So you've got your temporary hospitality employment lined up for this summer and are counting down the days until you start your new job. But what can you do to ensure you remain employable after your contract has ended?
Just as with any other role, the more you impress the people in charge, the more likely you are to be asked to come back for more paid employment, so bear that in mind when you take up seasonal work.
This may be especially true with restaurants, cafes, hotels and bars that are gearing up for the London 2012 Olympics, because as yet it is hard to predict the legacy of the Games on the hospitality industry.
Tom Hadley, director of policy and professional services at the Recruitment and Employment Confederation, believes suppliers who are involved in the behind-the-scenes running of the Olympics and Paralympics should be focusing on finding staff to contribute to the project who can gain the expertise and experience they need to remain in the world of work after the Games has finished.
"What's the longer-term legacy of it? I think there is an opportunity for anything high-profile like the Olympics to encourage those outside of the jobs market to get the right training, and subsequently to get the right experience that will put them in good stead even when the project finishes," he commented.
"With young jobseekers, we know that a lot more needs to be done to build bridges into the world of work, and we know that a lot more needs to be done to raise awareness among young people about where the jobs are and where they will be in the future."
Meanwhile, it could be a mixed picture for those seeking hotel vacancies, as research from hotel-industry.co.uk has found that just one in three suppliers expect the Olympic Games to prove profitable to their business.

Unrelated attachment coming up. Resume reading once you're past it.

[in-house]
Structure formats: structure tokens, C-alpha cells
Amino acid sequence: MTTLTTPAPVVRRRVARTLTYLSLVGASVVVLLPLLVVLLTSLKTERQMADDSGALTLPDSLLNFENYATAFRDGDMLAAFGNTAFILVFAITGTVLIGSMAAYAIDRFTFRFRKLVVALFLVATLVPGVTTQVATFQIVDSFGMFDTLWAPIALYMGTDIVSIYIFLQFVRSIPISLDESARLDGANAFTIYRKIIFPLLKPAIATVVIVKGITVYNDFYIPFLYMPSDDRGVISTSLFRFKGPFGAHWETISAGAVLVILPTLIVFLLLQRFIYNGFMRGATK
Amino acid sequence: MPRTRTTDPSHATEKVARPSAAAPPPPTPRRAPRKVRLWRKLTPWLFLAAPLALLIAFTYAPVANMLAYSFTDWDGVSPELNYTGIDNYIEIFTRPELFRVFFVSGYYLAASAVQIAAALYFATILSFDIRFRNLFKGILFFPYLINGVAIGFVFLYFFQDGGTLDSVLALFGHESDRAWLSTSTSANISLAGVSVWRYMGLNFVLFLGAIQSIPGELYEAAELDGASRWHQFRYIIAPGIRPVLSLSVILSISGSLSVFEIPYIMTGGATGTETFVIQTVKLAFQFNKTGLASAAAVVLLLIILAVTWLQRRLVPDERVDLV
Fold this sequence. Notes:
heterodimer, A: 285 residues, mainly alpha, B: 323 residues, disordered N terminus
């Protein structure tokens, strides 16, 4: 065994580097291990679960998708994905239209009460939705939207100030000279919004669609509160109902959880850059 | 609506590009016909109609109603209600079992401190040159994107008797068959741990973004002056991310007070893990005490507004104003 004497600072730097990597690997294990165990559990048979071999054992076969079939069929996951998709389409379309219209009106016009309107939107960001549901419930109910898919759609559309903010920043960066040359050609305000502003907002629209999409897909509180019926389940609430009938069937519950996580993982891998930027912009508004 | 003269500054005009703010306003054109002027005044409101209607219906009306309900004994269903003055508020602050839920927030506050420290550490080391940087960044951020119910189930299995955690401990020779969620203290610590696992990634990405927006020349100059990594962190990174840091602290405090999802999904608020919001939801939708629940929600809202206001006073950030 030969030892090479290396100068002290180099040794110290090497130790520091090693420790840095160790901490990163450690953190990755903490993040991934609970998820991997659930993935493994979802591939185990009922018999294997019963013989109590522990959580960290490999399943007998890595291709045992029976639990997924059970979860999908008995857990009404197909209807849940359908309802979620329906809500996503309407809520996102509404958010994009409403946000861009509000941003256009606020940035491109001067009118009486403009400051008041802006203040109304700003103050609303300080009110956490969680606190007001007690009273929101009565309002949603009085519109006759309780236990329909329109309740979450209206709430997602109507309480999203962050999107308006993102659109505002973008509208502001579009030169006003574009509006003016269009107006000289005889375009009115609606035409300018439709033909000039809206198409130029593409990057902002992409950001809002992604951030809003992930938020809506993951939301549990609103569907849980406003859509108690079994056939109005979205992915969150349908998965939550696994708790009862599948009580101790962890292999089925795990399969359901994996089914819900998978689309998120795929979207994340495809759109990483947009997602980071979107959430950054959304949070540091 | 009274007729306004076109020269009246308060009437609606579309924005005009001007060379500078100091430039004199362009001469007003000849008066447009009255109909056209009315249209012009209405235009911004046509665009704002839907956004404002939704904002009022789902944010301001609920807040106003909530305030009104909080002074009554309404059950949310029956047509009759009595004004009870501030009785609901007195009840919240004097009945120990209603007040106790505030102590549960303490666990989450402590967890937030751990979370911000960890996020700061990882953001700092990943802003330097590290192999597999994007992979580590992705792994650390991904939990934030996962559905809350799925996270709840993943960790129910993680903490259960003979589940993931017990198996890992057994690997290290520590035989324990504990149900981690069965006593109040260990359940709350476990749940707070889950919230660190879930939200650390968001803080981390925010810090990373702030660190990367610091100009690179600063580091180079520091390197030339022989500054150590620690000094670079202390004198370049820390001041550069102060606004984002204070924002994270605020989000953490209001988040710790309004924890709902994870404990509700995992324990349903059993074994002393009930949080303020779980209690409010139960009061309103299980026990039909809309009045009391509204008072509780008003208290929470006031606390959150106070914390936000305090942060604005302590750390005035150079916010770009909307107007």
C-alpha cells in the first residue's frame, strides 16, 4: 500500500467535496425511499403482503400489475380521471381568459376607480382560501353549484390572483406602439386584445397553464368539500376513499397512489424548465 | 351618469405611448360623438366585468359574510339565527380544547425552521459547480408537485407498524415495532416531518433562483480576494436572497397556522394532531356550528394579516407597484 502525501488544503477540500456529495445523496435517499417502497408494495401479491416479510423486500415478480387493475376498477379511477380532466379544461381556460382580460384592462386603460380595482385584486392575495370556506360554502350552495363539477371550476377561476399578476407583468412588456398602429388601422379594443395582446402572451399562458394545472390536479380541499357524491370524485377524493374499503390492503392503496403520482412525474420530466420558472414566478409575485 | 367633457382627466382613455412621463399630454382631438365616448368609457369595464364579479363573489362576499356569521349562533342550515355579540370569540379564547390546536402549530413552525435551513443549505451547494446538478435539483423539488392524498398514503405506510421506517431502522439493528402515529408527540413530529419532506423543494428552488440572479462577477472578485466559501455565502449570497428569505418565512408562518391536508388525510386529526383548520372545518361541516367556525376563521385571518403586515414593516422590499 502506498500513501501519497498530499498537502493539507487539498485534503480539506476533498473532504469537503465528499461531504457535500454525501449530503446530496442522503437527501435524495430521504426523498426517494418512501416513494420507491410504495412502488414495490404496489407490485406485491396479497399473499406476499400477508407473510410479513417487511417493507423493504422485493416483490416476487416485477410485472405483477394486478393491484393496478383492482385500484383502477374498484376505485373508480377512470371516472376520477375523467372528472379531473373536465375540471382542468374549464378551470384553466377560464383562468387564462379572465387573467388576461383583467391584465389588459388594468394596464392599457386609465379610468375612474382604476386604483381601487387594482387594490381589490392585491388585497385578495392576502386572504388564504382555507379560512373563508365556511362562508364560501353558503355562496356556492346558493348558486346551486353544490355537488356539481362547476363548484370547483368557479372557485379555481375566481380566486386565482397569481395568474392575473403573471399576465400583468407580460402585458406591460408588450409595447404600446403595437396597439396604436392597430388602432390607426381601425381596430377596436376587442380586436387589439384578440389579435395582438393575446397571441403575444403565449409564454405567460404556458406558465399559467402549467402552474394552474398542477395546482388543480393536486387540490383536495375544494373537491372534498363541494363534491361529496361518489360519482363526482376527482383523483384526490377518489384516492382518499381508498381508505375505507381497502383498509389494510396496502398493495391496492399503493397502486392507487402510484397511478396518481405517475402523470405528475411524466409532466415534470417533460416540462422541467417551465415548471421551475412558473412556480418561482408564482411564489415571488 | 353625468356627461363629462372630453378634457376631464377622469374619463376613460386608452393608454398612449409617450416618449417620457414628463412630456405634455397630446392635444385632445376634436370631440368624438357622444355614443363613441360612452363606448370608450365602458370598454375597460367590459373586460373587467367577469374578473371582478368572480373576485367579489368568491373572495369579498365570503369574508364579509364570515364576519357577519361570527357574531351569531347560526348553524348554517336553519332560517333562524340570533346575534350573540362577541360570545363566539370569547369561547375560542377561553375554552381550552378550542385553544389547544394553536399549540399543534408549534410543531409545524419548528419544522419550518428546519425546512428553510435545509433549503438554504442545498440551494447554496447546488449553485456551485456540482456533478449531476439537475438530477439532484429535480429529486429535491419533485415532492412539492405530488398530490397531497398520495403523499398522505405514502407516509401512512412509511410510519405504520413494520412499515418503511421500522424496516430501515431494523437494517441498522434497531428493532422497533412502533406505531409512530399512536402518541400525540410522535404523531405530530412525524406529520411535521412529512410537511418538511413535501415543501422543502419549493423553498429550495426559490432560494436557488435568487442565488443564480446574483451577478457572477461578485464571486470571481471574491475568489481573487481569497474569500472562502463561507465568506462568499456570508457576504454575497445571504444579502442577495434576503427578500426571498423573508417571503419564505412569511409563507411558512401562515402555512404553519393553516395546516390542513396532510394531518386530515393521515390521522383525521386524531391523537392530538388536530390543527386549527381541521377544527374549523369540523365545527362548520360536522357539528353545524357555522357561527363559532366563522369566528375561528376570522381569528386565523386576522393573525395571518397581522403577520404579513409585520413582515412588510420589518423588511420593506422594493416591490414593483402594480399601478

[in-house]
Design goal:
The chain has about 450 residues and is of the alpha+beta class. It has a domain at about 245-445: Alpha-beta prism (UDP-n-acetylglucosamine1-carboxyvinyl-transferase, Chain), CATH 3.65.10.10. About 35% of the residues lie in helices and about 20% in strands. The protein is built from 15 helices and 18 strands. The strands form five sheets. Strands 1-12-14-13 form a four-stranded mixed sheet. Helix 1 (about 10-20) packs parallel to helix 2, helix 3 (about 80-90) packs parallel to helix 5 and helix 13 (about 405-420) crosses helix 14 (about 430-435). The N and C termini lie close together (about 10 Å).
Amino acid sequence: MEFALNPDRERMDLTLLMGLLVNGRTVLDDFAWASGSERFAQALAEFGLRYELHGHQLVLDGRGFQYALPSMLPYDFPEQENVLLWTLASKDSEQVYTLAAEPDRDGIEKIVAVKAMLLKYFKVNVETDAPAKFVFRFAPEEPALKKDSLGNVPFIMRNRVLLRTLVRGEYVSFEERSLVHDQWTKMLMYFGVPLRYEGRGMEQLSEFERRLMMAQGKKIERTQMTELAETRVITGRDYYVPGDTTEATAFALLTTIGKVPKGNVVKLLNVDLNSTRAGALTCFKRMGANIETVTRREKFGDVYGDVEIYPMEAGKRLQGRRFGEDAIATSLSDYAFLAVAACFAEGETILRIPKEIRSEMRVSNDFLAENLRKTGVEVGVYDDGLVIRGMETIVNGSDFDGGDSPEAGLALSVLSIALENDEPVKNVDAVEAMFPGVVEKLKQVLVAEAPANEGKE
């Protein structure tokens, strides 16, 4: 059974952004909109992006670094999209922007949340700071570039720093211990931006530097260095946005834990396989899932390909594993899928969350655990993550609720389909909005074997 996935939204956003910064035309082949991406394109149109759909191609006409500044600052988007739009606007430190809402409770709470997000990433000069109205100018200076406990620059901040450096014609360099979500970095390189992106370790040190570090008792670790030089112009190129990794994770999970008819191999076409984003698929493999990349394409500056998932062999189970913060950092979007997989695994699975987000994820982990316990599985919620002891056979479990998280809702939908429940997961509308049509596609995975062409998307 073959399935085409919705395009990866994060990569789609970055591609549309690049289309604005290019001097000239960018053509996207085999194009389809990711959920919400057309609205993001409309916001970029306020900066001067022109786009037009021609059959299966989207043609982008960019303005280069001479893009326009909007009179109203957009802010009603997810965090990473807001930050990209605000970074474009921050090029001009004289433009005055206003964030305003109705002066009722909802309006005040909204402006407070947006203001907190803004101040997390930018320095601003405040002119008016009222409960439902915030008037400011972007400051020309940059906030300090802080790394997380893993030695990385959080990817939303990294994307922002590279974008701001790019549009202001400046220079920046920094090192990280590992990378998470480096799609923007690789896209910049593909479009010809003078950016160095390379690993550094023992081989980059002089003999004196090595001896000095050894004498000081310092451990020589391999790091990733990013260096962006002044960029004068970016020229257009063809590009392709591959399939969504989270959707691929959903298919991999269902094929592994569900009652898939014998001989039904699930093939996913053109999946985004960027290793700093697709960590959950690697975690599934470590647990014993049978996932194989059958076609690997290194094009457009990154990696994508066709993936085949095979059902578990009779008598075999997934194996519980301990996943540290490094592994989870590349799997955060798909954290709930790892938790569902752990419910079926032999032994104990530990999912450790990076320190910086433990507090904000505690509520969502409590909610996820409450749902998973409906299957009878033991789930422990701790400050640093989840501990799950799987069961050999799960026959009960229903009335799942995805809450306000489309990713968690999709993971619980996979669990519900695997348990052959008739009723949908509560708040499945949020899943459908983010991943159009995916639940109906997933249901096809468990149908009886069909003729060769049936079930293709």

The site's Hotel Supplier Survey 2012 found that 37 per cent of hotel suppliers believe the Games will have no effect on their business, while 32 per cent said the sporting event will definitely not spell higher profits.
"Although there is and has been a lot of hotel refurbishments in preparation for the Olympics, we predicted that it would be more so 'post Olympics' when hotels have increased revenue and have capital to spend on improving their hotels. This is definitely proving true with the projects we are currently working on," explained one anonymous supplier to the survey.
Later on, when the excitement of the Games has abated and the crowds that swelled the stadiums have gone, those who found temporary work in hospitality will be wondering what is next for them. According to the research, the economic climate will act as a heavy influence on the decisions taken by hotel management over selling up venues, expanding business and maintaining current staff levels – so it is hard to draw a picture of what the hospitality employment market will be like after the summer.
Your best bet is to update your CV regularly and make a good impression on your manager when you embark on your summer job. You never know – he or she might not be able to offer you extra work, but may know someone who can.
Berkeley Scott provides specialist advice and support to help you find temporary work